If you’re a keen runner or know some runners, then you may have heard of “runner’s high”. It’s an intense happy feeling accompanied with pain relief that strikes a runner right when their body should be screaming at them to slow down and stop. But what is this euphoric rush? What causes it and does it bring any long-lasting benefits or just a momentary thrill?
It’s a commonly held belief that endorphins are the main reason for runner’s high. The body is physically straining, the muscles are working to keep your legs going and as a consequence little feel-good molecules and endorphins are released that make you feel on top of the world. This theory was first put forward in the 1980s but has only fairly recently been revisited.
According to more recent studies, it’s thought that much smaller molecules called endocannabinoids might be responsible, which are known to induce feelings of euphoria and well as relaxation.
So is “runner’s high” that true to its name? Are people you see jogging around the city actually getting naturally high?
A more recent study in 2015 has linked a different, better-known molecule to the phenomenon – leptin. Researchers had mice run and measured the distances and leptin, which is produced in the bodies of both mice and humans, to regulate how hungry we feel. The lower the levels of leptin, the hungrier we feel and the more we want to eat.
The researchers found that the mice that had lower levels of leptin were much more motivated and able to run further. “Ultimately, leptin is sending the brain a clear message: When food is scarce, it’s fun to run to chase some down,” said the lead author of the study, Maria Fernanda Fernandes.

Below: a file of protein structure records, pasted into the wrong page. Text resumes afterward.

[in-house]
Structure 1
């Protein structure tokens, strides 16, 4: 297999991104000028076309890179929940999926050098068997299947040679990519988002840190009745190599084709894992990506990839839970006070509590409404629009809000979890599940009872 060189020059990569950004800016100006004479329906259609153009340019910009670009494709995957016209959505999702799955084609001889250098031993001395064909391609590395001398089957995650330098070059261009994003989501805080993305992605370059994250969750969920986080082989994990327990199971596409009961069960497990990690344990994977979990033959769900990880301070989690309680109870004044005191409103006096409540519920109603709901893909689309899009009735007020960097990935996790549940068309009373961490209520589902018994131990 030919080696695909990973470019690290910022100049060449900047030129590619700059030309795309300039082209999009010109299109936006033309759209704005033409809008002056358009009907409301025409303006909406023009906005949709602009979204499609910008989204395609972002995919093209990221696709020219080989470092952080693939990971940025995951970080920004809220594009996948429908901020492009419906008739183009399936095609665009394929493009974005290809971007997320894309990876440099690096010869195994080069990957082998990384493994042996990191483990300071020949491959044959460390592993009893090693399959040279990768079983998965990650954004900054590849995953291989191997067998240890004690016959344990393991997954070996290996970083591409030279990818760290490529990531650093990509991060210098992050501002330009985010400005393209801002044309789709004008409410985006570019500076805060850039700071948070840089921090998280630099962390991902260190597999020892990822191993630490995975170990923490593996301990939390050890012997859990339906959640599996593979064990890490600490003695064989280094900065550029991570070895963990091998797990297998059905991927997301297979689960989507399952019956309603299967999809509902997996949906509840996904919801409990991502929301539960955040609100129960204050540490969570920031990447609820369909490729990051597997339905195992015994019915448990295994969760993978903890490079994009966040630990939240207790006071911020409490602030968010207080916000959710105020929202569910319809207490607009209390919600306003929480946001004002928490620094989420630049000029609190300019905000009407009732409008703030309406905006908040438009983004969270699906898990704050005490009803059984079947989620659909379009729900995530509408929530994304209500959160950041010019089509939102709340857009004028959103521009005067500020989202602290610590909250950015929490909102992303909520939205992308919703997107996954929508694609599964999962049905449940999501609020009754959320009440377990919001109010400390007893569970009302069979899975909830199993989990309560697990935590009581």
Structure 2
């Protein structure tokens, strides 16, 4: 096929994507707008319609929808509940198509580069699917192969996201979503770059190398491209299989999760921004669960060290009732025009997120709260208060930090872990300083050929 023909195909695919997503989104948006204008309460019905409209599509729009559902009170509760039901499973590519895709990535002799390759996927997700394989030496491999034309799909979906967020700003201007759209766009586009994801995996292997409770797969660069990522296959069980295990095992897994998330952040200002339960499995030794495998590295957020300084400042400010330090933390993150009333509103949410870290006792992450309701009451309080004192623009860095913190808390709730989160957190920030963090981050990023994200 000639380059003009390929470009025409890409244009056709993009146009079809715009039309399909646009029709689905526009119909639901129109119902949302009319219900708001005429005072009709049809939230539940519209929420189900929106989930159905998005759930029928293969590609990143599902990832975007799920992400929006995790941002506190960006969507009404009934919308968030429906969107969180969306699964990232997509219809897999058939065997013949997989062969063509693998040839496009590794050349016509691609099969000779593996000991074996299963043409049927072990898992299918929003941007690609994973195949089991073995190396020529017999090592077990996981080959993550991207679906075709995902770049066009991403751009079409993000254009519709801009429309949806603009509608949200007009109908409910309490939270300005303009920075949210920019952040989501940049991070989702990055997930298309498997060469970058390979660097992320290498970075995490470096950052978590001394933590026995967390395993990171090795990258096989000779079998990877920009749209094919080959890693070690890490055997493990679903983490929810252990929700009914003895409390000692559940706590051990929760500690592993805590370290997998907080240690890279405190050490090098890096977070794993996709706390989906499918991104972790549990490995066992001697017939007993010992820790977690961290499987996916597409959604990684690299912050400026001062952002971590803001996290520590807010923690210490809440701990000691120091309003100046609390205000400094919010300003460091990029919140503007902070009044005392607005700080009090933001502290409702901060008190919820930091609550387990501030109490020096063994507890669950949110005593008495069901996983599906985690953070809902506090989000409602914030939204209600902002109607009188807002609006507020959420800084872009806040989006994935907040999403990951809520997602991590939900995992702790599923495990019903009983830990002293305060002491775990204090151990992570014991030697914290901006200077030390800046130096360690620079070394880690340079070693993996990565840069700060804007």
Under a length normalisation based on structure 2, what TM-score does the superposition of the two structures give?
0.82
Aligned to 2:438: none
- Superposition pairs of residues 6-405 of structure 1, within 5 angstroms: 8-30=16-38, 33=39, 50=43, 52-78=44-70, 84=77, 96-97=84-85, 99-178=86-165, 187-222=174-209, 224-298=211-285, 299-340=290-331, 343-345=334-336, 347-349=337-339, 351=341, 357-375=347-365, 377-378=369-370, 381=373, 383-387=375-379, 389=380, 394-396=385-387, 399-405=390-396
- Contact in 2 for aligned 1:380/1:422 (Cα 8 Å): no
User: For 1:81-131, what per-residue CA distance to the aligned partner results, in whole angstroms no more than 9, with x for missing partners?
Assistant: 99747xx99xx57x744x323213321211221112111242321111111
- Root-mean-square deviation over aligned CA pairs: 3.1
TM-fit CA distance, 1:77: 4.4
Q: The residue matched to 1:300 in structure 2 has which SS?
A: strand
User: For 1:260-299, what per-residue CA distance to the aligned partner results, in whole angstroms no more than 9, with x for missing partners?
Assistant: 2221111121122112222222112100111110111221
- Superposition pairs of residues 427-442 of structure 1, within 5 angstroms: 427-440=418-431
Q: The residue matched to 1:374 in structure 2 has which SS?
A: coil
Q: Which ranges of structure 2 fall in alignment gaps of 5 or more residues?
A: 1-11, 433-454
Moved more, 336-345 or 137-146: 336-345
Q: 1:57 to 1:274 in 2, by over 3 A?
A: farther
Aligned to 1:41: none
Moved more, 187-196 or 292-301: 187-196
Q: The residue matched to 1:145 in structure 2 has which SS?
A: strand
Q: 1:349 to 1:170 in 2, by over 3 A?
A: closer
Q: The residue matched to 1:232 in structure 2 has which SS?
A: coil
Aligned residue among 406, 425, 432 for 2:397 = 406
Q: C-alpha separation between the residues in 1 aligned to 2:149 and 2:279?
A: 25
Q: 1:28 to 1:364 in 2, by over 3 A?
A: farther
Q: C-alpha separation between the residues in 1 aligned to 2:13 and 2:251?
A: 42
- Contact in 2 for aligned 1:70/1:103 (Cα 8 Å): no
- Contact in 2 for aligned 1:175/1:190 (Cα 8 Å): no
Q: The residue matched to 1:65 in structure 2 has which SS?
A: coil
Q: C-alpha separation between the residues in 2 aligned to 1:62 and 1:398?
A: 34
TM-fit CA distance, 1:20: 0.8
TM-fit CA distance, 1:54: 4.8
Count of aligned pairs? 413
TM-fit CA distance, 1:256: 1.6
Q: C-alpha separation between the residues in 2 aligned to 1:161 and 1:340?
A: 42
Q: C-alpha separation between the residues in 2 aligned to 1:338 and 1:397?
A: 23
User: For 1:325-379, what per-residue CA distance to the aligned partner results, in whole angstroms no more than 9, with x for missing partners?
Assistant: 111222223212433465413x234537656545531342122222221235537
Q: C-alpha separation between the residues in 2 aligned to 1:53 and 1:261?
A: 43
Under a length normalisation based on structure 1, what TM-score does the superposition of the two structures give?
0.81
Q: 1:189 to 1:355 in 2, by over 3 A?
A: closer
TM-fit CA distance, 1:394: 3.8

It would certainly make sense from an evolutionary perspective as humans are not designed to be the fastest or the toughest, but to run very long distances. A human can outrun almost any living thing on Earth over distance. And for the longest time that was our ancestors’ great hunting strategy.
So maybe that’s all “runner’s high” is. An evolutionary trick of the body.
To do this, you need an instant reward, and that comes in the form of a big shot of “I’m feeling happy” as well as a double dose of “My blistered feet don’t hurt anymore” straight to the brain, just to keep you going.
But now I hear you ask, “Should I be pushing myself to my running limits to find temporary bliss?”
A recent German study found that experienced runners were more likely to enter a “runner’s high” when running at a moderate pace. Not so hard as to be at their max and not so easy as to be leisurely, but a mid-range sweet spot.
But who says you need it at all? The research is clear, if you want to be healthier and happier naturally, then the best way to do it is exercise. Whether your exercise is running or not, that is up to you. And if you can’t run, then walk. All that is important is that you get up and moving. It will be beneficial in the long run.
And it’s the right time of the year too. The London Marathon’s over and now we’re into May which just so happens to be National Walking Month.
If you need some inspiration, check out our recent blog post on overcoming the barriers to exercise success.
So get out there and get into it.